10 Questions to Consider When Trying to Scoop the Spectator

Wednesday, October 31, 2012

We're a couple days into this year's Scoop the Spectator contest and we've gotten some fantastic entries. The snipers are out early this year but there are plenty of viable wines still available to be claimed.

This year we're playing for a $200 Amazon gift card, courtesy of New York wine retailer Grapes the Wine Co so it pays to give this some thought.

Here are 10 questions to consider when selecting your entry...

1. Do you have be a Wine Spectator subscriber to have a chance of guessing correctly?

I would think so. If you're not familiar with which wines they rated this year, and specifically which they're rating favorably it seems extremely difficult to get a sense for which wines have a chance of winning. Check back later this week and next and I'll share some entries I think are likely which haven't been guessed.

2. How likely are they to repeat a recent winner?

Not likely it seems. Since Spectator started running their Top 100 list, only one wine has repeated: Caymus Special Selection won in '89 and again in '04. That doesn't bode well for the Clos des Papes which won in 2007 (for their 2005 vintage), but then again it's got incredibly strong metrics this year with their 2010 (98 points/$128/5,600 cases produced).

3. Does it have to be 95 points or better?

It almost always is. The lone exception: The winner in 2002 was the 93 point/$30 E. Guigal Chateauneuf du Pape. Point chasers must have been sad that year.

4. Does it have to be $100 (or $150, or whatever) or less?

The trend I see is that they're not afraid to go with a pricey wine. But they try to keep it out of the stratosphere because value is a consideration. Mapping that to current wine prices I think they like to keep it south of $100. They might stretch a little over $100 if it's a really incredible bottle. But $200+ is out of the question I think. It alienates too many readers and disregards the value quotient.

5. How likely are they to repeat from a recent category?

I think this is a something they're very mindful of. One (quite elaborate  theory I recall from last year is that they tried to rotate the selection around their senior editors. So it was pre-determined, for example - to an extent, that Laube would only have to do a write-up for "his" wines every three years or so. That doesn't seem to be the case however with the last two wines coming from California (Kosta Browne and Saxum). It's been domestic the past three years though so it definitely feels like it's time for a return to the old world. 2010 Rhone specifically.

6. Are recent Top 10 wines (that didn't take the top spot) more likely to win this year?

I definitely see this as a trend. It's kind of like the Oscars or the Grammys: By the time they recognize someone the public has liked for a long time, after nominating and snubbing them for years, they finally bestow the award upon them when they're old news.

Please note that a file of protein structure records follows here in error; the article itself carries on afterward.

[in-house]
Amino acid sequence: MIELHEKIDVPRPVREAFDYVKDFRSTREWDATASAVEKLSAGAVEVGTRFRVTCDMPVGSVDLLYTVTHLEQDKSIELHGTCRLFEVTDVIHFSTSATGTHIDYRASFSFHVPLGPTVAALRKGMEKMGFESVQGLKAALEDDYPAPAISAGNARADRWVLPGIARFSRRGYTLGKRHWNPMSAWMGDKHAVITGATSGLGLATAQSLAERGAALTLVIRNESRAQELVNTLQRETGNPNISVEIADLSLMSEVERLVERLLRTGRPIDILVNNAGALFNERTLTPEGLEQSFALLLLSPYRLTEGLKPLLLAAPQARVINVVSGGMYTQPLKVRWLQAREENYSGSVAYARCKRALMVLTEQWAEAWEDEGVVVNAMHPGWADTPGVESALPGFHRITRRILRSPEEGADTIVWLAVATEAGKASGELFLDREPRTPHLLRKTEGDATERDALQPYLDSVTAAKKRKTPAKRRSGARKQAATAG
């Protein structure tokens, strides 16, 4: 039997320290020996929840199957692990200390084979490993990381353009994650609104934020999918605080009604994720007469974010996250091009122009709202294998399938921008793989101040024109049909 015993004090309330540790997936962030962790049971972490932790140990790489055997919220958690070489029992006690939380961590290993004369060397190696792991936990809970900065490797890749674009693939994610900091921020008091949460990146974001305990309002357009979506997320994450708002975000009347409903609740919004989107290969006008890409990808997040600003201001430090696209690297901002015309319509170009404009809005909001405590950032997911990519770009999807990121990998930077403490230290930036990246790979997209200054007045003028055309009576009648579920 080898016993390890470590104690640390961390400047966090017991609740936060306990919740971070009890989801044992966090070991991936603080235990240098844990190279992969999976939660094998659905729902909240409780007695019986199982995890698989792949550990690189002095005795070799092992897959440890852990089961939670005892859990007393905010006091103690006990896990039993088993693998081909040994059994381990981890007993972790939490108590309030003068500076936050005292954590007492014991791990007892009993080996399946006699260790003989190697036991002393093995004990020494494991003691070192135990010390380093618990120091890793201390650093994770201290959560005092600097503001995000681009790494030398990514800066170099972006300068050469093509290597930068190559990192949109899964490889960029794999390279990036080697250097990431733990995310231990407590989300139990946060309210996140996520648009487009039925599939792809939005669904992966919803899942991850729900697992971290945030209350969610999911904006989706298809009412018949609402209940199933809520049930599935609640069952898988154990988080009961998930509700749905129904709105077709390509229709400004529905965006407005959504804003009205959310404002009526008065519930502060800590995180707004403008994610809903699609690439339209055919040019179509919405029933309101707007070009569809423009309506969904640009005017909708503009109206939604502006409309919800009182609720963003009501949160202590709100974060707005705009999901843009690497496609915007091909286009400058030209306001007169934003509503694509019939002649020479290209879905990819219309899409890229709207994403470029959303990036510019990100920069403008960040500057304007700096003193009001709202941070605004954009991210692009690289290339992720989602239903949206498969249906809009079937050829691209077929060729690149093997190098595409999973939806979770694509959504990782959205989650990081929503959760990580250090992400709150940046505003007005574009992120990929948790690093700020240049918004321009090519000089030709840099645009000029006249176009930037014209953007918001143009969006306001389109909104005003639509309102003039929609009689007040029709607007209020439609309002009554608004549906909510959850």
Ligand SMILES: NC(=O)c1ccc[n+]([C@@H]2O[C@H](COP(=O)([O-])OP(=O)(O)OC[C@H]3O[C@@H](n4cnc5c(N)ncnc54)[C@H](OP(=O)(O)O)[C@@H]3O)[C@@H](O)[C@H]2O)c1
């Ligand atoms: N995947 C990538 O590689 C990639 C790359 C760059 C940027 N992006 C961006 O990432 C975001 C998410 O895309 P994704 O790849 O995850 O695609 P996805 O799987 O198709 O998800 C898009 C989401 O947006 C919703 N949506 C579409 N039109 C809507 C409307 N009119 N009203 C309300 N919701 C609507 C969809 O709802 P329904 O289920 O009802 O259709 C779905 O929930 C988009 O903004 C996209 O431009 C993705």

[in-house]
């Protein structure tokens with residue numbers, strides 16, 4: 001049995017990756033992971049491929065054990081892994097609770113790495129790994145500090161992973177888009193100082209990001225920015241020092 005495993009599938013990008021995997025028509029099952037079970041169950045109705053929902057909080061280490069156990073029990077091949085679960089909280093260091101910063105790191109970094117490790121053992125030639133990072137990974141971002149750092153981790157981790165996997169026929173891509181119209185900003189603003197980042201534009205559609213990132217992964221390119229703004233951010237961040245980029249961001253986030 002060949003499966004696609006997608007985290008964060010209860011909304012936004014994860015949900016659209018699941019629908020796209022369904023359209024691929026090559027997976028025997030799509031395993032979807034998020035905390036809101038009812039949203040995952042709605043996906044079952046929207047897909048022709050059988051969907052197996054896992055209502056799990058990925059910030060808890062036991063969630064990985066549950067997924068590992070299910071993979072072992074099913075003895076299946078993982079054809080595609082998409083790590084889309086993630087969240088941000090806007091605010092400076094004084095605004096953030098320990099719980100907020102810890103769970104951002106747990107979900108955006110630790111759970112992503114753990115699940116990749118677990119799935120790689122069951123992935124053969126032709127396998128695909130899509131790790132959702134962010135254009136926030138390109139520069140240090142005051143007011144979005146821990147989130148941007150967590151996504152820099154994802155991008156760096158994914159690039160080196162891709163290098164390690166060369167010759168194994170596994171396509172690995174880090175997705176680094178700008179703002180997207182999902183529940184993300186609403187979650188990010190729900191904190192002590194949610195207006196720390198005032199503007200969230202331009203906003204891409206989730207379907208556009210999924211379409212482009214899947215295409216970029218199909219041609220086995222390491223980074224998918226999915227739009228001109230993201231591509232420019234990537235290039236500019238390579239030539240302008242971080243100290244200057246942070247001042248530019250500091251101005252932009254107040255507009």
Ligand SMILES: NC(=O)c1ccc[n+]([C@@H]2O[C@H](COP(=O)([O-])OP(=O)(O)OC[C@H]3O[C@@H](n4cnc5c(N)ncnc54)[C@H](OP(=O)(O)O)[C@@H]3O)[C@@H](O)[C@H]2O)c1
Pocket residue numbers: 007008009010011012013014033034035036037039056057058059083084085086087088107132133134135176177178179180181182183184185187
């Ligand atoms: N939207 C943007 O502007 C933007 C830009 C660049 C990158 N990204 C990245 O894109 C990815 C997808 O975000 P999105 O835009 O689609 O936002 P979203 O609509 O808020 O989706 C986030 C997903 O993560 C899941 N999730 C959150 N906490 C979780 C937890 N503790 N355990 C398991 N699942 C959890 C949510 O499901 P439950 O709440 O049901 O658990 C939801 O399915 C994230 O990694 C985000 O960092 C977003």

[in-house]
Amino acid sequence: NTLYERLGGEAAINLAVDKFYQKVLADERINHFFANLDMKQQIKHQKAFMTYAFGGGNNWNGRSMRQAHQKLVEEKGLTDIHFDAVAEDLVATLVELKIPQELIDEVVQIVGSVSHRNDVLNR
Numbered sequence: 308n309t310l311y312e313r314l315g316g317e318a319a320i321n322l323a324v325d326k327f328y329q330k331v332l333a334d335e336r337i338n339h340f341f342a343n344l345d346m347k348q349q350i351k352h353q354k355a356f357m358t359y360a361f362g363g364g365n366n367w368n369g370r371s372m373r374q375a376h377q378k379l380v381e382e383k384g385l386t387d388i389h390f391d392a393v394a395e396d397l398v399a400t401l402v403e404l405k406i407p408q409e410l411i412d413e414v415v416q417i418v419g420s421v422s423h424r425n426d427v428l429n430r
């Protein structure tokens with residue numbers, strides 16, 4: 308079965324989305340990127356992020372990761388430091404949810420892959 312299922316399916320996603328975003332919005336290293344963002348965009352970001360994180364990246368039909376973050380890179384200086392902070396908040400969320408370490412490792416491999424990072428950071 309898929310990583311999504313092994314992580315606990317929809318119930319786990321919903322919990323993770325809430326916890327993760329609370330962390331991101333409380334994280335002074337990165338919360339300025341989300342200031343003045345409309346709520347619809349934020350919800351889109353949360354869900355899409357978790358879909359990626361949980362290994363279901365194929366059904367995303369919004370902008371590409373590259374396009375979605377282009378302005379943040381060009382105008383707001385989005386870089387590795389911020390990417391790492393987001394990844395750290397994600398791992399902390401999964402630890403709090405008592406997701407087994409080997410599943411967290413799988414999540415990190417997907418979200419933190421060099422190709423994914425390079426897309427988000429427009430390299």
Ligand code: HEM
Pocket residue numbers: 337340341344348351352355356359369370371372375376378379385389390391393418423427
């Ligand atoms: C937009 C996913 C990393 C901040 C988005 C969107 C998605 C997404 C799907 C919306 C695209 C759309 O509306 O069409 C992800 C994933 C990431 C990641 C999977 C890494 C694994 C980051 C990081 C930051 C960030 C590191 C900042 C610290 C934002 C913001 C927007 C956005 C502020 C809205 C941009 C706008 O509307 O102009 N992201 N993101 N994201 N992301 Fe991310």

But with wine we call that pedigree. This bodes well for the Donjons and La Craus of the world this year. Always a bridesmaid, never a bride - but expect that to change.

7. How much are they trying to make a statement about a category with their selection?

I think this is hugely important as well and we've seen it with the past two winners. Spectator called the 2009 California Pinot Noir vintage the best ever and selecting Kosta Browne (a wine that was also frequently in the Top 10 in prior years) served as notice that California Pinot is a category to be considered in everyone's cellar. Similarly with Saxum the year before, they wanted to put Paso on the map. But Columbia Crest Reserve wasn't so much a coronation of Washington as a statement about value during a down economy I think.

8. Are advertisers more likely to win?

Columbia Crest surely advertises heavily, but Kosta Browne, Saxum, and many of the moderate production imported wines don't advertise at all. I don't see a correlation here.

9. Do they like to select "actionable" wines?

When I say actionable I mean it's widely available at retail and moderately priced. When they do go this direction I think it's been the funnest years in the contest. How many times did people walk past the $27 Columbia Crest Reserve Cab and ignore it? Then it gets named wine of the year and it sells for north of $100 at auction. This is when the contest is at its best and I'd like to see more years with winners like these. This year that wine would be the $41 2010 St. Cosme Gigondas which is available for signifcantly less if you look around.

10. Do quirky categories have a chance?

They do actually. Sauternes and Ports have won in past years. A Chilean red has won. I considered Saxum a curve ball as well. But I think they go this direction when there's not a standout vintage from a famous category. The famous categories are: Napa, Bordeaux, Tuscany and Chateauneuf. And Burgundy, and Piedmont to a lesser extent because of lower production levels. Anything else is a curve ball. Look for an obvious year with something from the Rhone. Oh, did I mention 2010 Rhone already? Either the St. Cosme Gigondas or a moderately priced CdP like Donjon or La Crau. I'm leaning towards the St. Cosme Gigondas because of the wide availability, lower price point, and the fact that it's drinking better early than the CdPs are.

Haven't entered yet? Have a look at the entries so far and see if you can find an angle nobody else has yet. Enter here:



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